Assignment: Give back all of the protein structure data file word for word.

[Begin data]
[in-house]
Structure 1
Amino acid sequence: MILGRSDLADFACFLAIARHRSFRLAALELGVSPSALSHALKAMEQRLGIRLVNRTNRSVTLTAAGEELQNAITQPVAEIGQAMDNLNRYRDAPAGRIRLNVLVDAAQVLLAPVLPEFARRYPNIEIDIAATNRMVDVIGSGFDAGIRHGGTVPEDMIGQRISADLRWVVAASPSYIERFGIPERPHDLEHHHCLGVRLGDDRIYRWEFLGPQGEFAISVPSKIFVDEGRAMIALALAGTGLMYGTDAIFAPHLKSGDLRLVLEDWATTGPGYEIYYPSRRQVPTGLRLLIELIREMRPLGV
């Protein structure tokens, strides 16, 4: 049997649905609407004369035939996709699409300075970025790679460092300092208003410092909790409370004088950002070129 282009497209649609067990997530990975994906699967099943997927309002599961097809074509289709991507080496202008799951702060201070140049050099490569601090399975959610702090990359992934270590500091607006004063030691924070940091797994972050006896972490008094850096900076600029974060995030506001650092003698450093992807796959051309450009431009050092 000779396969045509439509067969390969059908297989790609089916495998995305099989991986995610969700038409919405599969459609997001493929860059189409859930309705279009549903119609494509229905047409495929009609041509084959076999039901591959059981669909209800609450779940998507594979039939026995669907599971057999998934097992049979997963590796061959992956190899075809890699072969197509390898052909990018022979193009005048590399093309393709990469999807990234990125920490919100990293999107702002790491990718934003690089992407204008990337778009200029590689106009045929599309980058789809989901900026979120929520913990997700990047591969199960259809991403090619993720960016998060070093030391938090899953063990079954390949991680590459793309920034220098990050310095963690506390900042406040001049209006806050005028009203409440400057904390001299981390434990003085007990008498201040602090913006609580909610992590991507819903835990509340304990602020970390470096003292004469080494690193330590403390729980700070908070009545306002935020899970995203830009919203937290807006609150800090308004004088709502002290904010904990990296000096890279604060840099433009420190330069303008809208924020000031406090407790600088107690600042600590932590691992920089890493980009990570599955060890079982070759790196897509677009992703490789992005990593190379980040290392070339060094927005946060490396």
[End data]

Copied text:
[in-house]
Structure 1
Amino acid sequence: MILGRSDLADFACFLAIARHRSFRLAALELGVSPSALSHALKAMEQRLGIRLVNRTNRSVTLTAAGEELQNAITQPVAEIGQAMDNLNRYRDAPAGRIRLNVLVDAAQVLLAPVLPEFARRYPNIEIDIAATNRMVDVIGSGFDAGIRHGGTVPEDMIGQRISADLRWVVAASPSYIERFGIPERPHDLEHHHCLGVRLGDDRIYRWEFLGPQGEFAISVPSKIFVDEGRAMIALALAGTGLMYGTDAIFAPHLKSGDLRLVLEDWATTGPGYEIYYPSRRQVPTGLRLLIELIREMRPLGV
């Protein structure tokens, strides 16, 4: 049997649905609407004369035939996709699409300075970025790679460092300092208003410092909790409370004088950002070129 282009497209649609067990997530990975994906699967099943997927309002599961097809074509289709991507080496202008799951702060201070140049050099490569601090399975959610702090990359992934270590500091607006004063030691924070940091797994972050006896972490008094850096900076600029974060995030506001650092003698450093992807796959051309450009431009050092 000779396969045509439509067969390969059908297989790609089916495998995305099989991986995610969700038409919405599969459609997001493929860059189409859930309705279009549903119609494509229905047409495929009609041509084959076999039901591959059981669909209800609450779940998507594979039939026995669907599971057999998934097992049979997963590796061959992956190899075809890699072969197509390898052909990018022979193009005048590399093309393709990469999807990234990125920490919100990293999107702002790491990718934003690089992407204008990337778009200029590689106009045929599309980058789809989901900026979120929520913990997700990047591969199960259809991403090619993720960016998060070093030391938090899953063990079954390949991680590459793309920034220098990050310095963690506390900042406040001049209006806050005028009203409440400057904390001299981390434990003085007990008498201040602090913006609580909610992590991507819903835990509340304990602020970390470096003292004469080494690193330590403390729980700070908070009545306002935020899970995203830009919203937290807006609150800090308004004088709502002290904010904990990296000096890279604060840099433009420190330069303008809208924020000031406090407790600088107690600042600590932590691992920089890493980009990570599955060890079982070759790196897509677009992703490789992005990593190379980040290392070339060094927005946060490396």